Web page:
Are you looking to learn more about call and put options in Australia? If so, then this guide is for you. Here you will gain a comprehensive understanding of these derivatives and the ins and outs of how they work within the Australian financial market.
This guide provides an in-depth look at different types of options, key associated terms, and various trading strategies available within Australia. You don’t have to be an expert to understand this material; even those new to investing can benefit from knowing the basics about call and put options.
What are call and put options?
Call and put options are derivatives that give the holder the right, but not the obligation, to buy or sell shares at a predefined price within a specified time. They provide leveraged exposure to price movements in the share market without having to issue large amounts of capital.
Understanding what call and put options can be complicated; however, taking some time to learn the basics can assist investors seeking opportunities for diversification or the ability to hedge certain types of investments with limited costs. Comparing different providers and understanding how changes in volatility levels will impact potential opportunities or losses is critical when deciding which option best suits your requirements.
Types of options
The two main types of options in Australia are the American style and the European style. American-style options can be exercised any time before it expires, while European-style options can only be exercised at the expiration date. In addition to these two main types of options, there are several variations, including covered calls, naked calls and straddles, which all have different risk profiles.
Covered calls involve writing (selling) a call option on a stock you own, and the risk is limited to the cost of the option premium. Naked calls involve writing a call option without owning the underlying asset, so any increase in value may result in unlimited losses. Straddles involve buying both put and call options on an underlying asset at the same strike price, so if there is significant movement in either direction, traders can take advantage of it.
Key terms: When you’re trading call and put options
There are specific terms that you need to be familiar with. ‘Intrinsic Value’: The amount by which the option’s strike price is in the money (ITM). ‘Time Value’: The additional value of an option due to remaining time until expiry. ‘Delta’: A measure of how much the option will move relative to the underlying stock. ‘Volatility’: A measure of how much the value of an asset is likely to fluctuate over time. ‘Strike Price’: The price at which the option will be exercised if it’s in the money at expiry.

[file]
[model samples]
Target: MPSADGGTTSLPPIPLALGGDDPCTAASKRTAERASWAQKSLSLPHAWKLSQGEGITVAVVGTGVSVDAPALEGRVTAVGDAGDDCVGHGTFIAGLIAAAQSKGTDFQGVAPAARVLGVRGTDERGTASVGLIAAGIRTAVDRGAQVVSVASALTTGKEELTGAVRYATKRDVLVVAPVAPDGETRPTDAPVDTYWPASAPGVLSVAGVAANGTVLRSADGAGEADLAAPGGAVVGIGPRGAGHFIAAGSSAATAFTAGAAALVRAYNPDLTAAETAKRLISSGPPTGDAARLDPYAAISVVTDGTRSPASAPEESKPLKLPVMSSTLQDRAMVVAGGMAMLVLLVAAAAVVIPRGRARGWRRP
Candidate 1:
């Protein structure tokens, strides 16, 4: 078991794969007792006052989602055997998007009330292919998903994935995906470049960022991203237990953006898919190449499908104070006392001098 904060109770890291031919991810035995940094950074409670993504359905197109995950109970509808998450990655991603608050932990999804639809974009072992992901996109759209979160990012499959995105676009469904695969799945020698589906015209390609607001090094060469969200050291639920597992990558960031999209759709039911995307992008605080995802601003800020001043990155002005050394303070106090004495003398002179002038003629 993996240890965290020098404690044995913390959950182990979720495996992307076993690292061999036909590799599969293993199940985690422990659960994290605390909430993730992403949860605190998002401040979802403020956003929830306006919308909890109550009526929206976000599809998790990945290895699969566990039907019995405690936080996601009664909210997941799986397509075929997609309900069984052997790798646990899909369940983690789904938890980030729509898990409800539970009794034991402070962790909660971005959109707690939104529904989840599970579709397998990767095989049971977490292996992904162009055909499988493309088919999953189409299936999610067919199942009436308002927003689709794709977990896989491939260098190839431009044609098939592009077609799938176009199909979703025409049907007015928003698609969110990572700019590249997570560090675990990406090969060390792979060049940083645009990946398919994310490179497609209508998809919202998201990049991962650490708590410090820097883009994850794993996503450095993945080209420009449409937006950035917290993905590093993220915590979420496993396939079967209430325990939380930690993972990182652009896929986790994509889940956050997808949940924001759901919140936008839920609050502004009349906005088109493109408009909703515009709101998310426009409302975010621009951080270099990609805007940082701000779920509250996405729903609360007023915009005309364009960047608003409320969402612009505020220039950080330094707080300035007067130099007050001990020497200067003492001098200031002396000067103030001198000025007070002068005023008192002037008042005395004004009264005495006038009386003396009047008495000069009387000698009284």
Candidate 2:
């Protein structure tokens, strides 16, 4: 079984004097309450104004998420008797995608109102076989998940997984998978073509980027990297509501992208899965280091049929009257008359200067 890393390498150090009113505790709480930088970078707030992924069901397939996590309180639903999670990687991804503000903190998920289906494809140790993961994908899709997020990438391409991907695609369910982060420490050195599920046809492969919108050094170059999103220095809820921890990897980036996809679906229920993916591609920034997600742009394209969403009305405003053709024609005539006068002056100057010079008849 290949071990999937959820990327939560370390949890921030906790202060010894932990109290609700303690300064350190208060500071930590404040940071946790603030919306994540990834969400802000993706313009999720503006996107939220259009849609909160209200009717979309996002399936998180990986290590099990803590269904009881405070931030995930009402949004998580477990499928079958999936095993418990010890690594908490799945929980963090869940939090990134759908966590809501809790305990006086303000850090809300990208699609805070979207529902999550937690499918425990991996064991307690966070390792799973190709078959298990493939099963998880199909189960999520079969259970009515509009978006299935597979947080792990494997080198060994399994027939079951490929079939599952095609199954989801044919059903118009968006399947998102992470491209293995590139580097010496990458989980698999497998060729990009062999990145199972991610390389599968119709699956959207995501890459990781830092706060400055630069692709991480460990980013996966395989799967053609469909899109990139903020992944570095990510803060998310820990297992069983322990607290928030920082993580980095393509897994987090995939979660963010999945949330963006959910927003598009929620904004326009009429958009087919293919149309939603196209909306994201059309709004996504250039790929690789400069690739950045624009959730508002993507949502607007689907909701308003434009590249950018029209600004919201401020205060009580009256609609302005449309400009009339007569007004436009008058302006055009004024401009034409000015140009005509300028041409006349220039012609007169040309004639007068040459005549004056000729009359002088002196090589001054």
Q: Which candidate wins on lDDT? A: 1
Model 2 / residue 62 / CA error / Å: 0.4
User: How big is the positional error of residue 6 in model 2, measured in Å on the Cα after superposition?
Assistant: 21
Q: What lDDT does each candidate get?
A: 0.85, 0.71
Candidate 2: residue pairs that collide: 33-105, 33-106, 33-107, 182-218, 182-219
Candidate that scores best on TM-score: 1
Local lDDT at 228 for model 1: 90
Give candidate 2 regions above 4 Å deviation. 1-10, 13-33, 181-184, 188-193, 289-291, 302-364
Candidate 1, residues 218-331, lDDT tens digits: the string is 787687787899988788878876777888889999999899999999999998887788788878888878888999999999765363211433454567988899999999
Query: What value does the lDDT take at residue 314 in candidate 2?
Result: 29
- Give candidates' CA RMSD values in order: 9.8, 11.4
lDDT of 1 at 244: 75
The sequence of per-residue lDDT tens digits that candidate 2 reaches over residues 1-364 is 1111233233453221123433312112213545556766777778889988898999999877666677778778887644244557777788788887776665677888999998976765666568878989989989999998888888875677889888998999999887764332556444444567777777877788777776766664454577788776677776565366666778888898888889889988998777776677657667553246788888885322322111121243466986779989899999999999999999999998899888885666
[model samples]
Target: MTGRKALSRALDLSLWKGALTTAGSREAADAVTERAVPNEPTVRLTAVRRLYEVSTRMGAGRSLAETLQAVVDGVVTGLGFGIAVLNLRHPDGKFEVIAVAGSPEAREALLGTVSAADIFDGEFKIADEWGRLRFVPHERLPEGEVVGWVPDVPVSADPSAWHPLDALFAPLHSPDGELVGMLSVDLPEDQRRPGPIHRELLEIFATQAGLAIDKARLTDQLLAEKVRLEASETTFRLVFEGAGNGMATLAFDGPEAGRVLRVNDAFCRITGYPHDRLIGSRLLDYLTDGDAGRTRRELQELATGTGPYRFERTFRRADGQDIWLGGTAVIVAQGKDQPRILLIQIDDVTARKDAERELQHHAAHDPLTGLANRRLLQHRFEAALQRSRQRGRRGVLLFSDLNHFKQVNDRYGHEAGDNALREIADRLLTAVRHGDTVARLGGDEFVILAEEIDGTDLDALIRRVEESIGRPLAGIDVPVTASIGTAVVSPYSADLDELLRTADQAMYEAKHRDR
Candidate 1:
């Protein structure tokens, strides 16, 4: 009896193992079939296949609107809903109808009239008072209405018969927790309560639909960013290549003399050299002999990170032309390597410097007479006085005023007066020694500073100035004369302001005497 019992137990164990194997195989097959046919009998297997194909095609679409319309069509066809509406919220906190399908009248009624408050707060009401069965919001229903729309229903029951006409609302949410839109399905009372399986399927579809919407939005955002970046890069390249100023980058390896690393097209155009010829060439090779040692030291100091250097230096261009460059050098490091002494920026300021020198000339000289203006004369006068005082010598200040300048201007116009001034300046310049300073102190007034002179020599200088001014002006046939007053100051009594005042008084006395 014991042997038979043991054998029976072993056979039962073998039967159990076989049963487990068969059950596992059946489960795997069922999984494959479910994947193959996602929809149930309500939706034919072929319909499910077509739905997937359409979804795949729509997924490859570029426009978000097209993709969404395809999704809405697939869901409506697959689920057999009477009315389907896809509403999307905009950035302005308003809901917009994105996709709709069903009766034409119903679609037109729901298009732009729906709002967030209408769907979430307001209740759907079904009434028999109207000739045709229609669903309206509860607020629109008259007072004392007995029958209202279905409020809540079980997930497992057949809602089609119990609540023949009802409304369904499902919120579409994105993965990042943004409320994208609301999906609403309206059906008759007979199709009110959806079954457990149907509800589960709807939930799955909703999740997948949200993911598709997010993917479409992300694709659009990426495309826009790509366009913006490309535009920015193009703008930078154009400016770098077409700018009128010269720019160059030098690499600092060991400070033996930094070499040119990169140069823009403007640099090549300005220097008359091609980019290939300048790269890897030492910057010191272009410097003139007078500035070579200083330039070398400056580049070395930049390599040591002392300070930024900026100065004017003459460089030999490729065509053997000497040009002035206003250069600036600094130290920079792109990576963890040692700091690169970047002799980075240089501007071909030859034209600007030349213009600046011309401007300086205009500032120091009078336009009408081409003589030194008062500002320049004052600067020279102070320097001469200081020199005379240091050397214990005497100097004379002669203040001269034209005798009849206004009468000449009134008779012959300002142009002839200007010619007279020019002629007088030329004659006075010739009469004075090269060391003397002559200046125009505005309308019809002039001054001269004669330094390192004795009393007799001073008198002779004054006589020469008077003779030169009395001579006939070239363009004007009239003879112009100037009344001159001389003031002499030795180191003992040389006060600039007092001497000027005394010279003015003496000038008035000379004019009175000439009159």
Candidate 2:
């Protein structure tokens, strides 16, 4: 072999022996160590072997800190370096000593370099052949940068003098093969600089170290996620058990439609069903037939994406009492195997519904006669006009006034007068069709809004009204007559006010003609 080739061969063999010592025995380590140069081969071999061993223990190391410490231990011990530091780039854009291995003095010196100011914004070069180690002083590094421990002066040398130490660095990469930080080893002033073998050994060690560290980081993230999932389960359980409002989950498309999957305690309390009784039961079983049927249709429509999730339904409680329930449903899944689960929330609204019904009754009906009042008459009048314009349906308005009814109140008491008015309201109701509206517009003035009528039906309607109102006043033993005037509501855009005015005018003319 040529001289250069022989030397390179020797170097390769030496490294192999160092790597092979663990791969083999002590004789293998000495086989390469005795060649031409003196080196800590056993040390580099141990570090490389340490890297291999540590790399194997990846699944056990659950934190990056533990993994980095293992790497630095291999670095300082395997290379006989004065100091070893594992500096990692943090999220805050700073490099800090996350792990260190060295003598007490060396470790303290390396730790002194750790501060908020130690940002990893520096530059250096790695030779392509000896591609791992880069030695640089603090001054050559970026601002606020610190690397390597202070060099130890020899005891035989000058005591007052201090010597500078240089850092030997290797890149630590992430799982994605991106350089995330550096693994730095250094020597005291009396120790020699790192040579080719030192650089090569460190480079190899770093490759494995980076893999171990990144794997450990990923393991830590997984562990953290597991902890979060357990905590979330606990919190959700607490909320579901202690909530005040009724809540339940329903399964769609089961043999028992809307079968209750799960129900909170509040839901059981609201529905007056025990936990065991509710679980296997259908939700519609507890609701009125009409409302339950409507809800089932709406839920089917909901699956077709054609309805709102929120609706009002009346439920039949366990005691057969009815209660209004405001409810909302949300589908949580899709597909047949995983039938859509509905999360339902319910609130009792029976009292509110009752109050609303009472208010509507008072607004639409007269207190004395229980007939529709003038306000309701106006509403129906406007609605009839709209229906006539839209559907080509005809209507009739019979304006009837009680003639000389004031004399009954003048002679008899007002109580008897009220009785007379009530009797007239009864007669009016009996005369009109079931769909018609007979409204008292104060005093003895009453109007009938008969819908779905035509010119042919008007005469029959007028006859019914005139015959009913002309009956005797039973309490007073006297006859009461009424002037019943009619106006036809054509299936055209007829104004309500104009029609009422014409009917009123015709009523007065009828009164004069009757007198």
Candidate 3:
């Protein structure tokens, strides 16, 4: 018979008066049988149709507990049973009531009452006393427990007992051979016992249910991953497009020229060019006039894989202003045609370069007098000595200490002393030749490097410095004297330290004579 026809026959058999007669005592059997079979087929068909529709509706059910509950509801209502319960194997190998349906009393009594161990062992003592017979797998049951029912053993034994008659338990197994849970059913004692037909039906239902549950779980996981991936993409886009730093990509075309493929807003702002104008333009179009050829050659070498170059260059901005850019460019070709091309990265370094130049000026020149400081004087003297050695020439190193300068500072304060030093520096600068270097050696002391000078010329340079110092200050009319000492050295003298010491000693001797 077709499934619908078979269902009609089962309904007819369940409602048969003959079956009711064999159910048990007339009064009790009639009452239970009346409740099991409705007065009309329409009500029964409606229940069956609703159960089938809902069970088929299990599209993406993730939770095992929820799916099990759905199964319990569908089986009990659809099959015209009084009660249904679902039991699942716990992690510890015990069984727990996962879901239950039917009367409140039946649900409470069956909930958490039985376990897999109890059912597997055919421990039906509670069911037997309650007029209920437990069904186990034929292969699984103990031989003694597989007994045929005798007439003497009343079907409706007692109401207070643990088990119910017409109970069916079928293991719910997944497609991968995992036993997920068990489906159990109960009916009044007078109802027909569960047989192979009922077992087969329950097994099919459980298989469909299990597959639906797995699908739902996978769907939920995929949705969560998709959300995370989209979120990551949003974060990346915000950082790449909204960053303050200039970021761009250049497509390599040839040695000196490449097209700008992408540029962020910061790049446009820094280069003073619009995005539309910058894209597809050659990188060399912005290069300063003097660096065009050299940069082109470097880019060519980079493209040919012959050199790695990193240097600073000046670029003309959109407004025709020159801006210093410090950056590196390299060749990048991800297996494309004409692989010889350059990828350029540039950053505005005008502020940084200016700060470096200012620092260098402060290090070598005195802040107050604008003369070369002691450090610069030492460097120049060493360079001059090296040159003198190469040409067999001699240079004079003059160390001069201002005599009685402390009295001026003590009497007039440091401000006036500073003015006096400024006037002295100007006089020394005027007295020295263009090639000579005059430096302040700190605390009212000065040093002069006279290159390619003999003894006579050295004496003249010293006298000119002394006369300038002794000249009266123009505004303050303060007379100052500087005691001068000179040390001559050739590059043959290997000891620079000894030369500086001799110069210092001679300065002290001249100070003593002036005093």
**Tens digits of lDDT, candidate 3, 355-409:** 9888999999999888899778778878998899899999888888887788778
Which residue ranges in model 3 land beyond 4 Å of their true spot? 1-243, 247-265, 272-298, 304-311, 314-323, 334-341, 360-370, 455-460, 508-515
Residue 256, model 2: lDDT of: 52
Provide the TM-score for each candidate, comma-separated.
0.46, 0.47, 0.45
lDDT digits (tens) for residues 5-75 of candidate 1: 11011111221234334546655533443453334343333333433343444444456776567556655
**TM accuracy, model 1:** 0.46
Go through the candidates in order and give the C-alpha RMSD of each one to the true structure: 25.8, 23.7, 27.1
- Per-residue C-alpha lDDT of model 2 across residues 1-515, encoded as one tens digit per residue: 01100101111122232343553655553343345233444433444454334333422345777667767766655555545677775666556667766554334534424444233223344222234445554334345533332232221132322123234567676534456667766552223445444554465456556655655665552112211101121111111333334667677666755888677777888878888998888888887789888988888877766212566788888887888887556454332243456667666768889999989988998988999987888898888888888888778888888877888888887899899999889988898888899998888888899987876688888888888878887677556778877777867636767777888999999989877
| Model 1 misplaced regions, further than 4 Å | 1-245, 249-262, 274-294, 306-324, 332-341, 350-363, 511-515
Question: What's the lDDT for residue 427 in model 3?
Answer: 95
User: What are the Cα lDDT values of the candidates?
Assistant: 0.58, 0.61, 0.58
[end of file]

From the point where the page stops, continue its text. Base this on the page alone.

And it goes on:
It’s also important to know when it may (or may not) be suitable to buy or write call and put options. If the market is highly volatile, options are an excellent way to hedge your risk and gain leverage over your investment. However, if the market is less volatile, consider other investments, as you are unlikely to find many opportunities from buying or writing options in this environment.
What are the risks associated with call and put options?
As with any investment, some risks are associated with trading call and put options. If the price of the underlying asset moves in an unexpected direction or fails to reach the strike price before expiry, you may experience losses. Therefore, it’s crucial to understand how changes in volatility levels can impact potential earnings or losses.
In addition, there are also other fees associated with trading options, such as brokerage fees and commissions which should be considered when making investment decisions. It’s essential to weigh the risks and rewards of investing in call and put options to ensure you make a well-informed decision that best suits your goals.
Understanding the taxation implications associated with trading options, such as capital gains and losses, is also essential. Capital gains tax is applied when you succeed upon the exercise or sale of your option, and capital losses can be offset against other capital gains in the same financial year.
What are the benefits of trading call and put options?
The main benefit of trading options is that you can make significantly valuable trades with a relatively small investment. You can also use them to hedge against potential losses in other investments or take advantage of market movements. Options can also be used for speculative purposes, allowing you to leverage your capital by controlling a more significant portion of the underlying asset.
Another advantage of options is that a wide range of strategies is available, from simple short-term trades to more complex long-term investments. Investors can tailor their strategy to their risk appetite and investment goals.
Options generally have shorter holding periods than other investments, allowing investors to take advantage of short-term market movements without months or years of holding an asset.